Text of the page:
1

Is the following sentence grammatical?

To proceed setting up your account, click here.

I'm suspicious of the word proceed in this context — isn't the word continue a much better fit?

6

I agree. "Proceed" needs a preposition like "with", "against", or "to". "Continue" can be used with a preposition but does not require one.

1

In your case, there are probably some initial steps to be taken before setting up a web site such as "paying money" or "filling a form of personal information" e.t.c. So, setting up a web site is another new step after those steps.

If so, I would use proceed to.

proceed to: to do something after doing something else; to do sth next, after having done sth else first.

Also, proceed to and proceed with may slightly differ in meaning / sense

proceed with: to continue to do something that has already been planned or started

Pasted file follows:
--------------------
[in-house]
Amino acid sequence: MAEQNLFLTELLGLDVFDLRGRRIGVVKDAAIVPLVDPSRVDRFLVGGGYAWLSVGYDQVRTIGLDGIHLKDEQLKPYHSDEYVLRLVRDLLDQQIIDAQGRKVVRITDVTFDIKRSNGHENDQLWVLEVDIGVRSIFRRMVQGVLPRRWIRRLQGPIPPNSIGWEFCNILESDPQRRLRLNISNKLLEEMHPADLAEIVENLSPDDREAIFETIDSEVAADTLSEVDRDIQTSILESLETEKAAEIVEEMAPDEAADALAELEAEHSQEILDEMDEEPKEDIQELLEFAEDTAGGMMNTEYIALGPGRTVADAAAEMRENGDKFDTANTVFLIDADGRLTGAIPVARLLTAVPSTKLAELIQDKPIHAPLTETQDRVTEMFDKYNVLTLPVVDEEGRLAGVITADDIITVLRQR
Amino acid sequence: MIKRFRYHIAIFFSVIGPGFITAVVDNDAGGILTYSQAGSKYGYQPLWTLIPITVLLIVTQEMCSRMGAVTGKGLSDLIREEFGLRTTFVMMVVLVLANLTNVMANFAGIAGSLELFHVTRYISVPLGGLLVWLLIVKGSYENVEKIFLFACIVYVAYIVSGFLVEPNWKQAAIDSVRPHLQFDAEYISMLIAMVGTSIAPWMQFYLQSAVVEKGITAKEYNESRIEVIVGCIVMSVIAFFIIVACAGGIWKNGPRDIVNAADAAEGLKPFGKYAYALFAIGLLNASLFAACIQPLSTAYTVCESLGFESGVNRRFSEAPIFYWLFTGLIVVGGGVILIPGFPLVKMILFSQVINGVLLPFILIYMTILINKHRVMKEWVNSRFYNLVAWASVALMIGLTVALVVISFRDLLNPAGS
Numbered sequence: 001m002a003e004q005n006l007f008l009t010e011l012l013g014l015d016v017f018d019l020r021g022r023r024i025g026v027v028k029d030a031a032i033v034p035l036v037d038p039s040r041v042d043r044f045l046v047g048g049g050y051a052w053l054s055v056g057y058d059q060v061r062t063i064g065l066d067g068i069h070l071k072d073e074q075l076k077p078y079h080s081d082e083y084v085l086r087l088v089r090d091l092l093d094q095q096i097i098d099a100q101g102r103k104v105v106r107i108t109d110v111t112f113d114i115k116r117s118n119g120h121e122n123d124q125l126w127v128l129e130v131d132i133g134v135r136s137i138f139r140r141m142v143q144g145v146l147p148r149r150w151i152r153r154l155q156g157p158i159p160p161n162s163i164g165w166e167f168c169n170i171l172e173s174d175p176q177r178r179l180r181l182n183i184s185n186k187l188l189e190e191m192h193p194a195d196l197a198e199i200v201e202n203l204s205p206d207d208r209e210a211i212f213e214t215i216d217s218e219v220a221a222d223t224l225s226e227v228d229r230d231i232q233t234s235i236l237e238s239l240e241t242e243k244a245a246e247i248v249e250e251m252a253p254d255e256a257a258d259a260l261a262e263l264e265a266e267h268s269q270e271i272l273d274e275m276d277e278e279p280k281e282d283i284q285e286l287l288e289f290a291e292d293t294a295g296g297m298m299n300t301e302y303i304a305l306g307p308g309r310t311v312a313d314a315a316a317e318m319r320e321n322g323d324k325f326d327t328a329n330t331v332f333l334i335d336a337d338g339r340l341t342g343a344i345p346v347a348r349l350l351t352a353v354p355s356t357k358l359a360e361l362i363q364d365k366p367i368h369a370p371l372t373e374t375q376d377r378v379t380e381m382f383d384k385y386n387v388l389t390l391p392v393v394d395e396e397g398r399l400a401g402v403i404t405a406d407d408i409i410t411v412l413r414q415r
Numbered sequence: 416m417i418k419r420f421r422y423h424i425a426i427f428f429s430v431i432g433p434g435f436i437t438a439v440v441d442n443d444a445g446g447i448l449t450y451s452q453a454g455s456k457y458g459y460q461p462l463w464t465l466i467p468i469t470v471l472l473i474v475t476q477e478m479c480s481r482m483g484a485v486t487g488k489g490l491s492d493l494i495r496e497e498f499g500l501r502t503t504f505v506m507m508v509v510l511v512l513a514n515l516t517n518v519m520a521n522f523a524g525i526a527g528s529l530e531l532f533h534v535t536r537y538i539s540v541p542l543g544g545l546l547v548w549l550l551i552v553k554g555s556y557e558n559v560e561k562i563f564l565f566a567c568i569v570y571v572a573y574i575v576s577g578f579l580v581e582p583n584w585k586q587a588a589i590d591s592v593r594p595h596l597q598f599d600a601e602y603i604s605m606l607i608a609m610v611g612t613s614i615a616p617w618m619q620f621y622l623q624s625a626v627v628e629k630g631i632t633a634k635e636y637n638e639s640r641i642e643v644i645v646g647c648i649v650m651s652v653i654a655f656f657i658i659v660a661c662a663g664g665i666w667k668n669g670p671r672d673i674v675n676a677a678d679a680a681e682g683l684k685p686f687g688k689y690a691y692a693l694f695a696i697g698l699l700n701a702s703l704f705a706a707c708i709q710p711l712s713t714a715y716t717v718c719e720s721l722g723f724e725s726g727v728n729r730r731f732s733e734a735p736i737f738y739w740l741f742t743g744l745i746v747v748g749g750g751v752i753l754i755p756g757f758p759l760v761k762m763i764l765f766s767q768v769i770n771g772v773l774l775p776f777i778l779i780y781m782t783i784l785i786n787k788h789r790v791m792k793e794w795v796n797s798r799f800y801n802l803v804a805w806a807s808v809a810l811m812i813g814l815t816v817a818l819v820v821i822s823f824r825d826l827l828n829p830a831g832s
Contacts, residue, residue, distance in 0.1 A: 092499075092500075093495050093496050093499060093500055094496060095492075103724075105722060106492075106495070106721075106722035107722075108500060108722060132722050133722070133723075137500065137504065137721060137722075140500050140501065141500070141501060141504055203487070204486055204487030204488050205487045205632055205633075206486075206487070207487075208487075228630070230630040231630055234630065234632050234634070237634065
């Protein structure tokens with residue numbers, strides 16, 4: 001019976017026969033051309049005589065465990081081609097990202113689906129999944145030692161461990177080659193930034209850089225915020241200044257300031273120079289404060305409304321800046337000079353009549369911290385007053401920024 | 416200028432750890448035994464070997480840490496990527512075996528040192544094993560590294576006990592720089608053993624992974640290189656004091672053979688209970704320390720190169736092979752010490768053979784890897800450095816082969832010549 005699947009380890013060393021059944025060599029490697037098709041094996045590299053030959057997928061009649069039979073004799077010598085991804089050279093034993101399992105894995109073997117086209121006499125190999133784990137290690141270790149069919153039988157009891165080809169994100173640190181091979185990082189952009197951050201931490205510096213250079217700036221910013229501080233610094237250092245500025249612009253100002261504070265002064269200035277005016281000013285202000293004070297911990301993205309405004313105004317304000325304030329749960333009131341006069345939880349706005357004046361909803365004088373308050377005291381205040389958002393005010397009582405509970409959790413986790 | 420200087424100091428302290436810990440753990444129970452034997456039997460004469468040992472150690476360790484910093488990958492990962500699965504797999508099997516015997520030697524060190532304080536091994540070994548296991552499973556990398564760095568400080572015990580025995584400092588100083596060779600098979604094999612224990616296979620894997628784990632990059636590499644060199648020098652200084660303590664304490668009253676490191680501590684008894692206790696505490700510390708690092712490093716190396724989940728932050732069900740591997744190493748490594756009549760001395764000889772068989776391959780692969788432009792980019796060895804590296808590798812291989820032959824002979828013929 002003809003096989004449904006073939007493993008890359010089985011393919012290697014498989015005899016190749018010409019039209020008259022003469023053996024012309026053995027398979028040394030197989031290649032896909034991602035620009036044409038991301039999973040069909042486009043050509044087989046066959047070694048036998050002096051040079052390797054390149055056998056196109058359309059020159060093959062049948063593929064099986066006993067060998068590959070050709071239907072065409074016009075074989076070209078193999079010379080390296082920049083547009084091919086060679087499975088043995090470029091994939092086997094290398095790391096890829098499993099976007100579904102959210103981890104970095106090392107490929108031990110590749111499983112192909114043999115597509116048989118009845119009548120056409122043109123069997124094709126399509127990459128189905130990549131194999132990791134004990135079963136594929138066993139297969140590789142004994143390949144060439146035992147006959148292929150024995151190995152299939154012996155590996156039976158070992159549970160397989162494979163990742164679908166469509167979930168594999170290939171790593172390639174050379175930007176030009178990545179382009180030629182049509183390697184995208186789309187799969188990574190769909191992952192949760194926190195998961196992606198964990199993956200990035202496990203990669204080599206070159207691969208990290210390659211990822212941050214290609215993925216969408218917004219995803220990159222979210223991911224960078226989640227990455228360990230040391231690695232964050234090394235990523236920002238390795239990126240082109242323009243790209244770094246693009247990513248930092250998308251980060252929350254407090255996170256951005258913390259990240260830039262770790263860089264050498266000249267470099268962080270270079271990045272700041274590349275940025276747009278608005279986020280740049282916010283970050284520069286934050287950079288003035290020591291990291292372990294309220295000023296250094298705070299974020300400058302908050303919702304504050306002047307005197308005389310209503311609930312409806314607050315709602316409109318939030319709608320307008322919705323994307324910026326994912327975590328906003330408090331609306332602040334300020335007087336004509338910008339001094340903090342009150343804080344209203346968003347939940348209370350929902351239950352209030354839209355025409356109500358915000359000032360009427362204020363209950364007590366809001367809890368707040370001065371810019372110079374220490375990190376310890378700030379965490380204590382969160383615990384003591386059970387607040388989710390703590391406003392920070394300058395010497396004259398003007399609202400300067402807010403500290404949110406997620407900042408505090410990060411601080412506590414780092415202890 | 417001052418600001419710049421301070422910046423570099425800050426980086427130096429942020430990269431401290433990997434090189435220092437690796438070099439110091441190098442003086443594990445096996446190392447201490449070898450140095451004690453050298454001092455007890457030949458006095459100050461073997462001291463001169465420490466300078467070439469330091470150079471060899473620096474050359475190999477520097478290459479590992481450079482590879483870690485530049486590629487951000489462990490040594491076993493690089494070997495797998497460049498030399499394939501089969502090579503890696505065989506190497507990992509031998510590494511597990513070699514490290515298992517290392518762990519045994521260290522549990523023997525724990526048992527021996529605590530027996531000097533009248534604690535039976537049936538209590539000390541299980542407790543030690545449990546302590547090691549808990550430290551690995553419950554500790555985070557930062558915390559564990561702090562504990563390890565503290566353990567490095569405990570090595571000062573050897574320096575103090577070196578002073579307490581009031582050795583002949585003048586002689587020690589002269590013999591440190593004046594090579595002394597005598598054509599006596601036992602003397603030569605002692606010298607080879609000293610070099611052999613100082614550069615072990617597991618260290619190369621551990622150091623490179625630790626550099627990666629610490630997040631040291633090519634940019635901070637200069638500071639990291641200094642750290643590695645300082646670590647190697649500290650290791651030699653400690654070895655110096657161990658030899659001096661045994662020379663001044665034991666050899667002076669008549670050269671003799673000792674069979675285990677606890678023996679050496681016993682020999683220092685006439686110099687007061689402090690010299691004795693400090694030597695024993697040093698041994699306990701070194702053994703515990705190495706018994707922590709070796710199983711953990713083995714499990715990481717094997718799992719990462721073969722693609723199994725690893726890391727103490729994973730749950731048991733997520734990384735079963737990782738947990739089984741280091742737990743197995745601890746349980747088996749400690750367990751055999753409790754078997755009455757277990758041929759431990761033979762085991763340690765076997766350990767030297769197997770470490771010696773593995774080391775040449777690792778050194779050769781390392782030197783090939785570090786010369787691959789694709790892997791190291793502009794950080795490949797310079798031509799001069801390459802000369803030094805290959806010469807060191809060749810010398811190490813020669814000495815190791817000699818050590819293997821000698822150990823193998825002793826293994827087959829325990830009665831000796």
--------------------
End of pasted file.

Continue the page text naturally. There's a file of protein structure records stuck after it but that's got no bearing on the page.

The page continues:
In your case, using continue might also be possible. But you should be careful with the context. The closest senses of continue:

1) to keep existing or happening without stopping
2) to start again, or start doing something again, after an interruption

1
  • +1 I agree. But I think you need to explain that proceed to requires the infinitive form, not the -ing form of the initial sentence.
    – Irene
    Feb 15 '12 at 11:33
0

It should probably be:

To proceed with setting up your account, click here.

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